“It was I who coined the term ‘discotheque.'”
So says Roger Vadim in his 1986 memoir Bardot, Deneuve, Fonda.
The year was 1949 or so, and Vadim was living in post-war Paris. (He leads in by saying, “It was people like me and Christian Marquand, the avante-garde director Michel de Ré, Juliette Greco and the singer Annabel… who created a new style and launched the idea of basement clubs.”)
Should we take Vadim at his word? We have no reason to doubt him… but on the other hand, we can’t find anyone who confirms that he did coin the term, either.
Most sources note that Vadim claimed authorship and leave it at that. For instance, here’s Anthony Haden-Guest in The Last Party, his 1997 book about Studio 54:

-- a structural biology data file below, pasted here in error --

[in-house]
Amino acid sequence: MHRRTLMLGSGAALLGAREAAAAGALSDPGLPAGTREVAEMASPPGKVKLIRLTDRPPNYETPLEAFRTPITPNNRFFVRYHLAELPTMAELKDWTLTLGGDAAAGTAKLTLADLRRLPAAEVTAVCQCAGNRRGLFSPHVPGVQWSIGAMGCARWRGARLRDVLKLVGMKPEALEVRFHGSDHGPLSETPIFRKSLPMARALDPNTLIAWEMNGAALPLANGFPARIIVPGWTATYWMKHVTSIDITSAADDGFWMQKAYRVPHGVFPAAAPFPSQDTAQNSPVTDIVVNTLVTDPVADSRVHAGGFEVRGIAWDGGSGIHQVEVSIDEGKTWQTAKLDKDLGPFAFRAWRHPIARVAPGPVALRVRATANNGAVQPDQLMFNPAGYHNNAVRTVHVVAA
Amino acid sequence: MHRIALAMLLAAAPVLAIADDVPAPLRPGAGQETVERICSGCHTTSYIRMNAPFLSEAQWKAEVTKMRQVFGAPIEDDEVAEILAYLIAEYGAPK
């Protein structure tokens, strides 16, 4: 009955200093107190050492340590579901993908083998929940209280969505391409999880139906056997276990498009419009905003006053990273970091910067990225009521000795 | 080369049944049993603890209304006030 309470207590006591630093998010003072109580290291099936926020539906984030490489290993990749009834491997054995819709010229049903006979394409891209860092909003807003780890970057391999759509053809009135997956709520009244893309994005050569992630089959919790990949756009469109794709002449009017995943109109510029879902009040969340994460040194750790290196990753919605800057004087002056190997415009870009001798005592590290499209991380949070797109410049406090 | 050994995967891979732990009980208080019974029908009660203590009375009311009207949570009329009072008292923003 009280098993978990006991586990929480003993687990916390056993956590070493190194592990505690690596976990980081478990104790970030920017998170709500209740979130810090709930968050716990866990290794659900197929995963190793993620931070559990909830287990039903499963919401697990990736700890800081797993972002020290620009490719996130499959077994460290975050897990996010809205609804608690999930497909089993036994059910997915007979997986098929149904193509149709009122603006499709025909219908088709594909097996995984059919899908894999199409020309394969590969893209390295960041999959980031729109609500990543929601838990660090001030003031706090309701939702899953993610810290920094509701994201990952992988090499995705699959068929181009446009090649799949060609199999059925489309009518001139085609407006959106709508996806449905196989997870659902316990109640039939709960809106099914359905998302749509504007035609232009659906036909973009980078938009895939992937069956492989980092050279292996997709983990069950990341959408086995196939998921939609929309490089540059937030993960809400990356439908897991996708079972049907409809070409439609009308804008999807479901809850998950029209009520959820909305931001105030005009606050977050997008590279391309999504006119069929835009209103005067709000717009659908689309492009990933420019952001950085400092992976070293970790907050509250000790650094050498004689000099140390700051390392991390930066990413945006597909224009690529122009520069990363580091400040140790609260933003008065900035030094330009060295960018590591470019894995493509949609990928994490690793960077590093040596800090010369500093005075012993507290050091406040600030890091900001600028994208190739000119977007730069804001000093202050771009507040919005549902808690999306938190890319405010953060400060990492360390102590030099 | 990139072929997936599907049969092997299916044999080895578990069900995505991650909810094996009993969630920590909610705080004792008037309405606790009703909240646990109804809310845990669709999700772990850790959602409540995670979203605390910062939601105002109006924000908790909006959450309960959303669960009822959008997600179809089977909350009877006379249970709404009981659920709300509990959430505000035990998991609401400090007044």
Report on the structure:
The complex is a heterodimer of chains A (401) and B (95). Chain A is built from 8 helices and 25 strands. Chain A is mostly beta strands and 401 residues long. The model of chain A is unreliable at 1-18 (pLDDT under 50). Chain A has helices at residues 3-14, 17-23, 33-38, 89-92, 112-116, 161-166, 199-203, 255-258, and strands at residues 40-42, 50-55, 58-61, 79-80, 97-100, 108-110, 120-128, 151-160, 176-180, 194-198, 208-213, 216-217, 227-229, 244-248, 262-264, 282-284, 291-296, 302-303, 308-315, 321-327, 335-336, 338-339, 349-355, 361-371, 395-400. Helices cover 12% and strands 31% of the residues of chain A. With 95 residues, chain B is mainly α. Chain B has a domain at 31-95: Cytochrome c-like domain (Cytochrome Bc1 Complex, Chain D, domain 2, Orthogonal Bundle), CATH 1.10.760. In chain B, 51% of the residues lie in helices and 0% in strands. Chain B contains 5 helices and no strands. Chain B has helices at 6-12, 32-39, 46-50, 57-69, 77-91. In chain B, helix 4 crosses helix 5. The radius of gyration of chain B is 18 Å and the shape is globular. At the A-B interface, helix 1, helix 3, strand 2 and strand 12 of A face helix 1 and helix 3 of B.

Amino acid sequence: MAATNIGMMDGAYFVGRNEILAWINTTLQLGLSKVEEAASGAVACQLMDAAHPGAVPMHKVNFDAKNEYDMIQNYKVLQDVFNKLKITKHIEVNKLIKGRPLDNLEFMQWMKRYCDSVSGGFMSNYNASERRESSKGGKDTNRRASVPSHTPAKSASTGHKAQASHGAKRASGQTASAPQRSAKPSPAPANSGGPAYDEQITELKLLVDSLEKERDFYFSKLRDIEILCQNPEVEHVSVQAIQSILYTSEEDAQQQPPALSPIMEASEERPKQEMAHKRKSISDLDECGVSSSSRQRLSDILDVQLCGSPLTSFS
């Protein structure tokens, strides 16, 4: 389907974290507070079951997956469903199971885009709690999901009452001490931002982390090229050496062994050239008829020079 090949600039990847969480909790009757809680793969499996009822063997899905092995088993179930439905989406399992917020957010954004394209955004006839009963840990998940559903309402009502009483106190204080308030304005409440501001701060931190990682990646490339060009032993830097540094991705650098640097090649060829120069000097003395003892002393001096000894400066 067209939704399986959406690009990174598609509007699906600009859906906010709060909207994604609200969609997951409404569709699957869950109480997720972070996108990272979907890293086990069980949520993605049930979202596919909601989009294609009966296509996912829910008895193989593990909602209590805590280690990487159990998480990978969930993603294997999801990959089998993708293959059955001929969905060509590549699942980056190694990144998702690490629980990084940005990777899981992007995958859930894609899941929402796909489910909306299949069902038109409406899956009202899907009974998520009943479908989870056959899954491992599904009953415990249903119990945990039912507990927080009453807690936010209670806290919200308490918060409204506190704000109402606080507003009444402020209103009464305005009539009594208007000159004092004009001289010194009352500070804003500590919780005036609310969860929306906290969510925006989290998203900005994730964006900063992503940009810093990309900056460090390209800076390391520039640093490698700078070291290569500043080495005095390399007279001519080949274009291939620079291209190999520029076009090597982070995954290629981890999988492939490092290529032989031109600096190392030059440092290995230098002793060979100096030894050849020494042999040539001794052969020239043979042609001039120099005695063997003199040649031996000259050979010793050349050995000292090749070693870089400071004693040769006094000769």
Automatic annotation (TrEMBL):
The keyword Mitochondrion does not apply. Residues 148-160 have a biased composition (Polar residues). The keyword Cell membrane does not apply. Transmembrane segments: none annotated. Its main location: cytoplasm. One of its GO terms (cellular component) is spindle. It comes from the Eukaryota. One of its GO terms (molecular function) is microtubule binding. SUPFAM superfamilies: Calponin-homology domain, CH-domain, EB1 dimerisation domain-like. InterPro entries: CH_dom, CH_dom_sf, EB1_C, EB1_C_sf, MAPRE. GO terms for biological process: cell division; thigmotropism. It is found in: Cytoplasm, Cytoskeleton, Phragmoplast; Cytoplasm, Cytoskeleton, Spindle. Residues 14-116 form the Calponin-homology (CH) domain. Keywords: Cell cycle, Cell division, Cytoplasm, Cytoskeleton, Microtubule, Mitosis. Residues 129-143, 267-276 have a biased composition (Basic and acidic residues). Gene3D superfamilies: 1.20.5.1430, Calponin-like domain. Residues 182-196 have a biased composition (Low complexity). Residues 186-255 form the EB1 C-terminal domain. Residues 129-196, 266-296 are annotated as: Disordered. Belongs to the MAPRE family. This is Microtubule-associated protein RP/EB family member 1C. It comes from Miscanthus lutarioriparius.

The first discos were in France, and credit for coining the word “discothèque” — a play on cinémathèque — has been claimed by Brigitte Bardot’s director husband, Roger Vadim.
The online magazine Slate tackled the subject in passing in 1997, saying:
The great early discothèques were in Paris and Rome; Roger Vadim — the director husband of Brigitte Bardot — coined the word by analogy with cinémathèque.
A cinémathèque is “A small movie theater showing classic or avant-garde films.” (A normal movie theater is simply a cinema.) Cinémathèque, in turn, is a play on bibliotheca, the Latin word for library.
Which leaves us with Vadim’s original claim. Which we are, officially, buying. In the absence of other claimants to the title, we’ll take his word for it.